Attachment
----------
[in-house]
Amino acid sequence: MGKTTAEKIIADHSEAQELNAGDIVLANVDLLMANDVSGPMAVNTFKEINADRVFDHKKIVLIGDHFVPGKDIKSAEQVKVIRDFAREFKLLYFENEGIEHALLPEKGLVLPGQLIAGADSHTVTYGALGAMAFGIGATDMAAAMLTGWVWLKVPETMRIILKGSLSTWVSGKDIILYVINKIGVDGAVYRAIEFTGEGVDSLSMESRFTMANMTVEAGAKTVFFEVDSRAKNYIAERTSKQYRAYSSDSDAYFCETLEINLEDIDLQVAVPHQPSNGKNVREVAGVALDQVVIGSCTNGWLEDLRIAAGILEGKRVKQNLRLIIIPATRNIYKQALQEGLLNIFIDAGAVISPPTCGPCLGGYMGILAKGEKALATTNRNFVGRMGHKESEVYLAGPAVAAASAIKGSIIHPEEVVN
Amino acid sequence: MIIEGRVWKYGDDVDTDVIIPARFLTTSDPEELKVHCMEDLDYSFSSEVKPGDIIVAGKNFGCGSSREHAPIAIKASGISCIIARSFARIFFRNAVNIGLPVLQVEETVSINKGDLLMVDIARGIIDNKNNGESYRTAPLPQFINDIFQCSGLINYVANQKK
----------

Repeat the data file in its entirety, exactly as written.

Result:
[in-house]
Amino acid sequence: MGKTTAEKIIADHSEAQELNAGDIVLANVDLLMANDVSGPMAVNTFKEINADRVFDHKKIVLIGDHFVPGKDIKSAEQVKVIRDFAREFKLLYFENEGIEHALLPEKGLVLPGQLIAGADSHTVTYGALGAMAFGIGATDMAAAMLTGWVWLKVPETMRIILKGSLSTWVSGKDIILYVINKIGVDGAVYRAIEFTGEGVDSLSMESRFTMANMTVEAGAKTVFFEVDSRAKNYIAERTSKQYRAYSSDSDAYFCETLEINLEDIDLQVAVPHQPSNGKNVREVAGVALDQVVIGSCTNGWLEDLRIAAGILEGKRVKQNLRLIIIPATRNIYKQALQEGLLNIFIDAGAVISPPTCGPCLGGYMGILAKGEKALATTNRNFVGRMGHKESEVYLAGPAVAAASAIKGSIIHPEEVVN
Amino acid sequence: MIIEGRVWKYGDDVDTDVIIPARFLTTSDPEELKVHCMEDLDYSFSSEVKPGDIIVAGKNFGCGSSREHAPIAIKASGISCIIARSFARIFFRNAVNIGLPVLQVEETVSINKGDLLMVDIARGIIDNKNNGESYRTAPLPQFINDIFQCSGLINYVANQKK